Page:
Chefs are seriously stepping up in the wake of tragedy this week.
Just days after restaurants jumped to feed victims and responders in Las Vegas, word comes out that celebrated chef José Andrés is on the ground in Puerto Rico, getting meals to those displaced by hurricane Maria.
Working out of school cafeterias, food trucks, sporting arenas and other borrowed spaces, Andrés and his legions of helpers have already prepared more than 130,000 meals in areas including San Juan, Cataño and Ponce, a spokesperson for the chef told TODAY Food.
He's not done yet, either: More chefs are flying in via Andrés' non profit organization, World Central Kitchen, and Andrés and his team aim to start providing 50,000 meals daily out of multiple locations across the island, the spokesperson added.
Volunteers and fellow chefs are helping Andrés churn out meals at a mind-boggling pace: One video shows a worker stirring a giant vat of chicken paella, and he's part of a team that would serve up a whopping 10,000 portions that day.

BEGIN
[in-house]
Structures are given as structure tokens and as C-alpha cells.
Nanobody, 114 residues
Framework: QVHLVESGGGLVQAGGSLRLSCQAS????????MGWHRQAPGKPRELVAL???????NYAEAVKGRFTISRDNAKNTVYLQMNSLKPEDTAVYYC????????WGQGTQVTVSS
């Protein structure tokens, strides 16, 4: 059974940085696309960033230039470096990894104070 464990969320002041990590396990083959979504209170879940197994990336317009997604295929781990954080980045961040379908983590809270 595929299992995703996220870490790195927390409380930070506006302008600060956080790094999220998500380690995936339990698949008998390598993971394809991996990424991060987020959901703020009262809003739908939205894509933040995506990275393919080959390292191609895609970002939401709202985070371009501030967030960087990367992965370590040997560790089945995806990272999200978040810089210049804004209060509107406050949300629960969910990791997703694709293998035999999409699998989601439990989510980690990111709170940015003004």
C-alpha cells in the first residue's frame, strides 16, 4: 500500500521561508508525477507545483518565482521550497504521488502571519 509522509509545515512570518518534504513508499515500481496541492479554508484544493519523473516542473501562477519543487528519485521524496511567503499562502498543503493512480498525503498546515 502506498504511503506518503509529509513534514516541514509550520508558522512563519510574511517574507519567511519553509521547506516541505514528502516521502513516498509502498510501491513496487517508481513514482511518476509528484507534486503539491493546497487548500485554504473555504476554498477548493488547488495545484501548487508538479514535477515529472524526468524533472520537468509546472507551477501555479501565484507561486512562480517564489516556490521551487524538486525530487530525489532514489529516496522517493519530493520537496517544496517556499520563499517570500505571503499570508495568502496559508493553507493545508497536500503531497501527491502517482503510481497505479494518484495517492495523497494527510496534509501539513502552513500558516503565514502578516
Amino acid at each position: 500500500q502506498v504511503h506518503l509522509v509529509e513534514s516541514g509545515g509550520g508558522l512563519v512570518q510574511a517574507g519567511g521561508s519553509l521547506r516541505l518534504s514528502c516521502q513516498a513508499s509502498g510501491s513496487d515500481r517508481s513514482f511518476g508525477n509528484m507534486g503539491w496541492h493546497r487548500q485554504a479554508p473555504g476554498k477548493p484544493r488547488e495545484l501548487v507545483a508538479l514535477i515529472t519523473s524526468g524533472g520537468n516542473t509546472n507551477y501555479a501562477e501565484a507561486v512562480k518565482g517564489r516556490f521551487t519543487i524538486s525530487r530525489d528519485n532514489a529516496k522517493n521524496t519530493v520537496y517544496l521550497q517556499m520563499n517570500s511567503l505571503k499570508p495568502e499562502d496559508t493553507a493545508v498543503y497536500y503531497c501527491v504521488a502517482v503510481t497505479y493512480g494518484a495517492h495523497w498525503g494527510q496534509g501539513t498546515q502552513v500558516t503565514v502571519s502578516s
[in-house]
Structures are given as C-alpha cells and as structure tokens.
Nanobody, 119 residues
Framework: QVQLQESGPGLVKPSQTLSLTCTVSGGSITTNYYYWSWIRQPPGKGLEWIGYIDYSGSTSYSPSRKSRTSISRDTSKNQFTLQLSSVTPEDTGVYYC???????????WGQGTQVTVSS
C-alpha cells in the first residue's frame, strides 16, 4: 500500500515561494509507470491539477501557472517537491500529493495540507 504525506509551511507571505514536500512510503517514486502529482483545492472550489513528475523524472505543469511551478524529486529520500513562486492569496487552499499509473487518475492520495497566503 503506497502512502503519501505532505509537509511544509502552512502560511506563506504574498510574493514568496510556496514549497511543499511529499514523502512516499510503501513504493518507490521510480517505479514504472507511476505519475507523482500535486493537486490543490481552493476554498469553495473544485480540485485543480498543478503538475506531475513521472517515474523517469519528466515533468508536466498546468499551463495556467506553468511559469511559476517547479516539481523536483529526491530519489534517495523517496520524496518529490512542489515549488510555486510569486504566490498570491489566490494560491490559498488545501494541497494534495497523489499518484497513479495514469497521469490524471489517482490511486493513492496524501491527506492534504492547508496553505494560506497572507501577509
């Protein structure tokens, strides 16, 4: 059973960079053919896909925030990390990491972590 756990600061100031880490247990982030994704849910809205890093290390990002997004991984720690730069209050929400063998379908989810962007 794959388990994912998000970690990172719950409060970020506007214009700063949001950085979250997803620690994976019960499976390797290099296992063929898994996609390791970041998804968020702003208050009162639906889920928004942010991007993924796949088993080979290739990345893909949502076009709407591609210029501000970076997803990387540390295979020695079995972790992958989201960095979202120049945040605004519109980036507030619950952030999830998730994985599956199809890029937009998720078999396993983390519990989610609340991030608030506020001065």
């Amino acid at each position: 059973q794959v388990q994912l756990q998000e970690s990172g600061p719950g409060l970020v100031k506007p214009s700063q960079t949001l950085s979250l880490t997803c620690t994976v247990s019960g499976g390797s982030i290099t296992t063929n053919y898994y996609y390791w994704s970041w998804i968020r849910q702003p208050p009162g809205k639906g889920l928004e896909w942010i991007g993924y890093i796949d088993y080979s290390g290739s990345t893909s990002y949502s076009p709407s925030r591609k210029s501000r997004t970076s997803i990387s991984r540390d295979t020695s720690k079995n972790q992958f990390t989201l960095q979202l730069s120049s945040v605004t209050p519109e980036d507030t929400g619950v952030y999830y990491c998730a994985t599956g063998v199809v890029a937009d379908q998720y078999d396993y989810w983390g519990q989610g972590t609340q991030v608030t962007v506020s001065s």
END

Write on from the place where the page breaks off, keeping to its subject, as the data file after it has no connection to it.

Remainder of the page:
Andrés has been communicating mainly via e-mail and Twitter, due to connectivity issues, the spokesperson said.
"Forget politics, forget pundits. What I have seen in #PuertoRico is people coming together, sacrificing 2 serve. This is humanity at its best," he wrote this week.
Corporate sponsors are also kicking in, with Goya donating juice, rice, yucca and other foods, and Kraft donating cold cuts for sandwiches, for example.
Helping out in disaster zones is nothing new to Andrés. The Spanish-born chef, who became a naturalized U.S. citizen in 2013, worked among first responders in Houston after Hurricane Harvey and provided huge relief in Haiti after its earthquake.
Soon after that quake, he founded the nonprofit World Central Kitchen, working to combat hunger and poverty in several countries, as well as the United States.
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And Puerto Rico can certainly use his help. Now, two weeks after Hurricane Maria swept through the island, hospitals are still in triage mode, package deliveries are just starting to get through and less than 10 percent of the 3.4 million residents have electricity, which won't be fully restored for months.
But you can help: Support the chef's mission by chipping in at the World Central Kitchen site.